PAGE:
As you can see, it’s a pretty simple process. It all comes down to knowing your options and doing your homework to find out where you can take your old gas (and when). With a little digging, you should be able to find a way to dispose of it for free, even if your city doesn’t offer gasoline recycling.

Just as important as knowing how to dispose of gas correctly is knowing what not to do. We use gas so often that it’s easy to think of it as harmless, but it’s not something that you should handle lightly, even after it’s lost its combustibility to age. There are a few things you shouldn’t do when you have old gasoline:

  • Don’t throw old gas in the trash. Not only is this illegal, but it is also a potential hazard. Under the right conditions, even old gasoline can start or contribute to a fire.
  • Don’t pour old gasoline down the drain. Harmful chemicals like gasoline become a public health hazard when they enter the water system. This is aside from the damage they can do to the animals and plants around sewage drains. One gallon of gas can pollute as much as 750,000 gallons of water, so don’t delude yourself into thinking a little bit won’t do any harm.
  • Don’t store gas cans outdoors. Gas cans are durable, but the plastic models can be punctured and metal cans are susceptible to rust. Leaving old gas outside makes it more likely the cans will leak and seep into the environment. If you don’t have a garage or basement, keep the gasoline in a closet or cabinet away from food. You can wrap it in a plastic bag if you’re worried about odors or leaks.

The penalty for illegally disposing of gas can be steep, and can even include jail time as well as costly fines. Even if you don’t get caught, the toll on the environment can be steep. Disposing of old gasoline safely is worth the small amount of extra effort it entails.

How to Dispose of Old Gasoline

How to dispose of an old gas oil mix

If the oil is the only contaminant in the gas, you may still be able to use it in a small engine. Mix it in with fresh gas in a ratio of 1 to 4 and it should power your engine just fine.

If the gas in the mix is too old to reuse, you can dispose of it the same way you would old gas. The only difference is you may have to dispose of it rather than recycle it. Call your local recycling center to ask if they’ll recycle the mix. If not, any auto mechanic that takes old gas will also dispose of old gas mixed with oil.

How to Dispose of Old Gasoline, FAQs

Q: Can old gasoline be used?

Ans: In some cases, yes. You’ll need to check on how badly degraded it is first. Put a cone-shaped coffee filter into a funnel, then carefully pour the gasoline through it into a clear glass container, like a mason jar. Make sure it’s something you don’t plan to use for food products.

After you’ve filtered the gasoline, let it settle for a couple of minutes then inspect it. If it’s still cloudy or has a sour, rancid odor, it’s beyond useful life and should be disposed of. Otherwise, you can mix this reconditioned gas with fresh gas, in a ratio of 1 part old to 4 parts fresh. The resulting tank might not work as efficiently, but it will power a lawnmower or a similar piece of equipment.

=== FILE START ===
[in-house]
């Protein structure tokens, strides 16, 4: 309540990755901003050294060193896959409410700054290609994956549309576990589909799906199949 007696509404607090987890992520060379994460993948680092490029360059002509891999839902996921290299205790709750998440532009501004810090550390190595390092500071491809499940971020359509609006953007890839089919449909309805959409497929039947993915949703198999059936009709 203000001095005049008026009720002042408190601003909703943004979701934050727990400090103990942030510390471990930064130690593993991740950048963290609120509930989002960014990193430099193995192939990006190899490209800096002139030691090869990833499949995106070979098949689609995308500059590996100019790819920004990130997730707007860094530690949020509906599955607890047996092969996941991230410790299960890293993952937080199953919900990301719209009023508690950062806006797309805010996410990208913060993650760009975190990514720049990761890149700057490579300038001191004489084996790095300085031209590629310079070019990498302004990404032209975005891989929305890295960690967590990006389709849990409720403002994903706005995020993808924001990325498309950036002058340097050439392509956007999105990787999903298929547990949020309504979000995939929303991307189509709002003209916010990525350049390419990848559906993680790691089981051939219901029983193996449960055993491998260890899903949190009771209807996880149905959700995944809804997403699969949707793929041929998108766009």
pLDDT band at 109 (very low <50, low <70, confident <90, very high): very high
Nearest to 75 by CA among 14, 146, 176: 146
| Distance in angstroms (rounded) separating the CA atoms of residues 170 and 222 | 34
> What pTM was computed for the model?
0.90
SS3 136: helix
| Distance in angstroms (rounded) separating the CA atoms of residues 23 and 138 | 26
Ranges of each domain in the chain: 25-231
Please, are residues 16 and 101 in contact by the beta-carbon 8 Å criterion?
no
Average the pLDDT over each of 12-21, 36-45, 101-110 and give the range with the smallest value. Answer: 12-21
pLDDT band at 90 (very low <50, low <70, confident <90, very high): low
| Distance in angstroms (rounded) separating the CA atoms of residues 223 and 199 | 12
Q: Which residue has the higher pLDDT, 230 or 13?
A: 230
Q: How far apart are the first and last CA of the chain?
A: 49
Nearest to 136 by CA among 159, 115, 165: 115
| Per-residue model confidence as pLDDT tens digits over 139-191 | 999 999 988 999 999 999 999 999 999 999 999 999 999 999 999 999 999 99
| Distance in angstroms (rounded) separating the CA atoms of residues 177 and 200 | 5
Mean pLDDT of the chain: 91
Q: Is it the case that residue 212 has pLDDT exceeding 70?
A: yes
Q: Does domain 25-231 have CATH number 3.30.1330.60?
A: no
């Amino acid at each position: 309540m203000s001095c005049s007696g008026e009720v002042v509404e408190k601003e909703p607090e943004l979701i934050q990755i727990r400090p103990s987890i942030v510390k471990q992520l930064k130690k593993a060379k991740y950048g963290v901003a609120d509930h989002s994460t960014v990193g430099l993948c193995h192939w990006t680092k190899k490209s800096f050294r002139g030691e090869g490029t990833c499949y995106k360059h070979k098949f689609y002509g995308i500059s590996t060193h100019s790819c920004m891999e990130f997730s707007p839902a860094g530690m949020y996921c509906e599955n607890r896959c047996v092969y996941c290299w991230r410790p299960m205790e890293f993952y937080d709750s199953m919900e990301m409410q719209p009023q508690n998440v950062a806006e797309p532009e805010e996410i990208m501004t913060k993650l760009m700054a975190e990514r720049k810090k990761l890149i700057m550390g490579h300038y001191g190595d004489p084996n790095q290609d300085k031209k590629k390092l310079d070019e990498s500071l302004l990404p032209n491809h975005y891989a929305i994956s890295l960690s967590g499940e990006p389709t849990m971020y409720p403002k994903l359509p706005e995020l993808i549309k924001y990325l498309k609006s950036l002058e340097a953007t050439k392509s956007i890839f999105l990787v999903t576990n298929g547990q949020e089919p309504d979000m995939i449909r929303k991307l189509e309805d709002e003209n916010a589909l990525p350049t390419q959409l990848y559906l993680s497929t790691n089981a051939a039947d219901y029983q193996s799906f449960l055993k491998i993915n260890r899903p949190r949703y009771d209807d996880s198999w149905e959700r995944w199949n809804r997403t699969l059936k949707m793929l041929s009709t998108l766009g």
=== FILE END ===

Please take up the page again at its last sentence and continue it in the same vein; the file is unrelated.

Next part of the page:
Q: Does AutoZone take old gas?

Ans: For gasoline disposal, AutoZone is not an option. Auto shops that offer oil changes are more likely to provide the service.

Q: Can you dump old gas on the ground?

Ans: No, you shouldn’t dump gasoline anywhere. In years past, people would dump old gasoline on the ground as a cheap alternative to weed killers. This should give you some indication of the impact gasoline has on the environment. Once it rains, that gasoline is picked up and washed into the water supply, too, so it has further-reaching consequences than the patch of ground you pour it on.

Q: How long does it take gas to go bad?

Ans: If properly stored in a metal tank or tightly sealed plastic container, gasoline lasts up to 6 months on average. Oxidation is the main reason gas degrades since the volatile compounds will evaporate with time. The more you can do to prevent exposure to the air, the longer your gas will last.

Q: Do gas stations dispose of old gas?

Ans: It is not common for gas stations to recycle gas, especially the convenience-oriented chains. Gas stations go through their gasoline quickly enough that they rarely have the need for disposal services. Small local gas stations that also include service and repair shops may offer gas disposal services through that side of their business.

Q: Can I burn old gas?

Ans: Yes, old gasoline will still burn, just not at the level of efficiency required to run an engine. Burning off old gasoline is not a recommended method of disposal, however, as it’s very difficult to do safely in a home environment.


Disposing of gasoline through proper channels is a safe and responsible choice. While it does take a bit more effort to find a disposal service than it does to dump the old gas on the ground, it’s a small price to pay to protect mother earth—and you’ll spare yourself the potential legal ramifications.

Hopefully, this article has helped you understand the best way to dispose of old gasoline. There are a lot more options out there than you probably realized. No matter where you live or how much old gas you have, someone near you will be willing to take it off your hands.

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Hi there, I am R. Hasan Tito, a mechanic, and owner of this website. My friend and I created this website to share our knowledge, expertise, and experience with our fellow mechanics' community and car users. I am a specialist and certified automotive mechanic (Both Heavy Commercial and Private Cars). I worked as a Mechanic and Mechanic Supervisor for over fifteen years at Global Rebound Automotive companies - Toyota, TATA, BMW, Nissan, TVs, and Others. Now, I enjoy my new role of leading a team of automotive experts (in their respective fields) and publish new content on a regular basis on my website and social media.